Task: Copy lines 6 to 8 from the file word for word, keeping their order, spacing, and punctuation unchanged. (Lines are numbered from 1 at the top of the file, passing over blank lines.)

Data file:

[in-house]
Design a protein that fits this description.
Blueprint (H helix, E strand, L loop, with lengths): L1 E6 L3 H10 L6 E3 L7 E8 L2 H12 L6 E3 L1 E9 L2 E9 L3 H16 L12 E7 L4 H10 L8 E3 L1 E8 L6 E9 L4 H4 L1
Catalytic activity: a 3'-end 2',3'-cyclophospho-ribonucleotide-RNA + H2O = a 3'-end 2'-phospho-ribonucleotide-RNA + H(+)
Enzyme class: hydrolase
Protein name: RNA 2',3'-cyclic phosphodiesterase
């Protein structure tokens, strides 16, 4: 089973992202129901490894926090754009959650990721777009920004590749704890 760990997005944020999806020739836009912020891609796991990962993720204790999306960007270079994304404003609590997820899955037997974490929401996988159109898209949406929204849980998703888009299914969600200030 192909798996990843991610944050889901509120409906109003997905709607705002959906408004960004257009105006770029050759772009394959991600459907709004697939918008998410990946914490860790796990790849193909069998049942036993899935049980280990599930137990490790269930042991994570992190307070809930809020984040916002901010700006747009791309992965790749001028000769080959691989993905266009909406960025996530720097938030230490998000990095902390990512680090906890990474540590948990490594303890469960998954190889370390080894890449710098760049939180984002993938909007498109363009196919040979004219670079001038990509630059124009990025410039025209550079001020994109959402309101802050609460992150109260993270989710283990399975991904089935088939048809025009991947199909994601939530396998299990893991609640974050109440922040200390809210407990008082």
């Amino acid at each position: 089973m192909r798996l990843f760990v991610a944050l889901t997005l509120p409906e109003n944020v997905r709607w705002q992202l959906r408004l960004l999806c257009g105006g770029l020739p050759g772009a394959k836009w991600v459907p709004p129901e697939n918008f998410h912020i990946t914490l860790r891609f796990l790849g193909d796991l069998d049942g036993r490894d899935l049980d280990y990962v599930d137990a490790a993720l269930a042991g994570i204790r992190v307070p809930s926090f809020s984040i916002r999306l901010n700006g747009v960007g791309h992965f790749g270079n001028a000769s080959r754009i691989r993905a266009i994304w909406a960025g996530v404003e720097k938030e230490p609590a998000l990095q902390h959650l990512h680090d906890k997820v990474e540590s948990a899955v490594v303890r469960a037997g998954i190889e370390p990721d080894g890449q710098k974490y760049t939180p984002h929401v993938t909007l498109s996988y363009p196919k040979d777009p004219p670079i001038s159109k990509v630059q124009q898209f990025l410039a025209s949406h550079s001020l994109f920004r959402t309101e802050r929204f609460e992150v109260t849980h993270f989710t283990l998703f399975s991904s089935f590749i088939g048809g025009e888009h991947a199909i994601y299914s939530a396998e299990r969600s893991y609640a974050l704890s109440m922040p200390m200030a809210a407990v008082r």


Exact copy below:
Protein name: RNA 2',3'-cyclic phosphodiesterase
């Protein structure tokens, strides 16, 4: 089973992202129901490894926090754009959650990721777009920004590749704890 760990997005944020999806020739836009912020891609796991990962993720204790999306960007270079994304404003609590997820899955037997974490929401996988159109898209949406929204849980998703888009299914969600200030 192909798996990843991610944050889901509120409906109003997905709607705002959906408004960004257009105006770029050759772009394959991600459907709004697939918008998410990946914490860790796990790849193909069998049942036993899935049980280990599930137990490790269930042991994570992190307070809930809020984040916002901010700006747009791309992965790749001028000769080959691989993905266009909406960025996530720097938030230490998000990095902390990512680090906890990474540590948990490594303890469960998954190889370390080894890449710098760049939180984002993938909007498109363009196919040979004219670079001038990509630059124009990025410039025209550079001020994109959402309101802050609460992150109260993270989710283990399975991904089935088939048809025009991947199909994601939530396998299990893991609640974050109440922040200390809210407990008082």
């Amino acid at each position: 089973m192909r798996l990843f760990v991610a944050l889901t997005l509120p409906e109003n944020v997905r709607w705002q992202l959906r408004l960004l999806c257009g105006g770029l020739p050759g772009a394959k836009w991600v459907p709004p129901e697939n918008f998410h912020i990946t914490l860790r891609f796990l790849g193909d796991l069998d049942g036993r490894d899935l049980d280990y990962v599930d137990a490790a993720l269930a042991g994570i204790r992190v307070p809930s926090f809020s984040i916002r999306l901010n700006g747009v960007g791309h992965f790749g270079n001028a000769s080959r754009i691989r993905a266009i994304w909406a960025g996530v404003e720097k938030e230490p609590a998000l990095q902390h959650l990512h680090d906890k997820v990474e540590s948990a899955v490594v303890r469960a037997g998954i190889e370390p990721d080894g890449q710098k974490y760049t939180p984002h929401v993938t909007l498109s996988y363009p196919k040979d777009p004219p670079i001038s159109k990509v630059q124009q898209f990025l410039a025209s949406h550079s001020l994109f920004r959402t309101e802050r929204f609460e992150v109260t849980h993270f989710t283990l998703f399975s991904s089935f590749i088939g048809g025009e888009h991947a199909i994601y299914s939530a396998e299990r969600s893991y609640a974050l704890s109440m922040p200390m200030a809210a407990v008082r």